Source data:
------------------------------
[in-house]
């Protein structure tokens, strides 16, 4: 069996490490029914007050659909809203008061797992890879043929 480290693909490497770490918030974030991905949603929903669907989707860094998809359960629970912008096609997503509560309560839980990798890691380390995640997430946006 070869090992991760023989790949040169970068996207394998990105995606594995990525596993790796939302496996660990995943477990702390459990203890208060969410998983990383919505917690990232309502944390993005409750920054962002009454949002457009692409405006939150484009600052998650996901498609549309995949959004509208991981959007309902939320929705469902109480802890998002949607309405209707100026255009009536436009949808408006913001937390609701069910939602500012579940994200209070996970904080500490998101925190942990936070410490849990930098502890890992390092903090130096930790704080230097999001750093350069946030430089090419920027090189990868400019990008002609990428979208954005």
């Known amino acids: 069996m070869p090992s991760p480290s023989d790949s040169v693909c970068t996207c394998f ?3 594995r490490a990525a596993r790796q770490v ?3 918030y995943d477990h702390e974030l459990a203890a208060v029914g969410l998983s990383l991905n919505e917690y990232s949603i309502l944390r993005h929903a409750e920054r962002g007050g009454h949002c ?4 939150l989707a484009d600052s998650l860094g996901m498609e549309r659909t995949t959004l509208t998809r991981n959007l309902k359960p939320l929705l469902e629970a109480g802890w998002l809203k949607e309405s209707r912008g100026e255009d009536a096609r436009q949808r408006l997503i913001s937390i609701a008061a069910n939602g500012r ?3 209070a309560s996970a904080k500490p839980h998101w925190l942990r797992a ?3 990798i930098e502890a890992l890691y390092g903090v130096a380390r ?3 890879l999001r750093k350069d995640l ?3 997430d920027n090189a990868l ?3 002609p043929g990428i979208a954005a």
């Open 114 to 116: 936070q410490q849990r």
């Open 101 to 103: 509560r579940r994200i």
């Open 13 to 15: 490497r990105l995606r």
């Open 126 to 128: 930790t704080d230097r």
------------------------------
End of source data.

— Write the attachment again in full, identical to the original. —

[in-house]
């Protein structure tokens, strides 16, 4: 069996490490029914007050659909809203008061797992890879043929 480290693909490497770490918030974030991905949603929903669907989707860094998809359960629970912008096609997503509560309560839980990798890691380390995640997430946006 070869090992991760023989790949040169970068996207394998990105995606594995990525596993790796939302496996660990995943477990702390459990203890208060969410998983990383919505917690990232309502944390993005409750920054962002009454949002457009692409405006939150484009600052998650996901498609549309995949959004509208991981959007309902939320929705469902109480802890998002949607309405209707100026255009009536436009949808408006913001937390609701069910939602500012579940994200209070996970904080500490998101925190942990936070410490849990930098502890890992390092903090130096930790704080230097999001750093350069946030430089090419920027090189990868400019990008002609990428979208954005």
């Known amino acids: 069996m070869p090992s991760p480290s023989d790949s040169v693909c970068t996207c394998f ?3 594995r490490a990525a596993r790796q770490v ?3 918030y995943d477990h702390e974030l459990a203890a208060v029914g969410l998983s990383l991905n919505e917690y990232s949603i309502l944390r993005h929903a409750e920054r962002g007050g009454h949002c ?4 939150l989707a484009d600052s998650l860094g996901m498609e549309r659909t995949t959004l509208t998809r991981n959007l309902k359960p939320l929705l469902e629970a109480g802890w998002l809203k949607e309405s209707r912008g100026e255009d009536a096609r436009q949808r408006l997503i913001s937390i609701a008061a069910n939602g500012r ?3 209070a309560s996970a904080k500490p839980h998101w925190l942990r797992a ?3 990798i930098e502890a890992l890691y390092g903090v130096a380390r ?3 890879l999001r750093k350069d995640l ?3 997430d920027n090189a990868l ?3 002609p043929g990428i979208a954005a």
């Open 114 to 116: 936070q410490q849990r």
């Open 101 to 103: 509560r579940r994200i």
């Open 13 to 15: 490497r990105l995606r």
């Open 126 to 128: 930790t704080d230097r």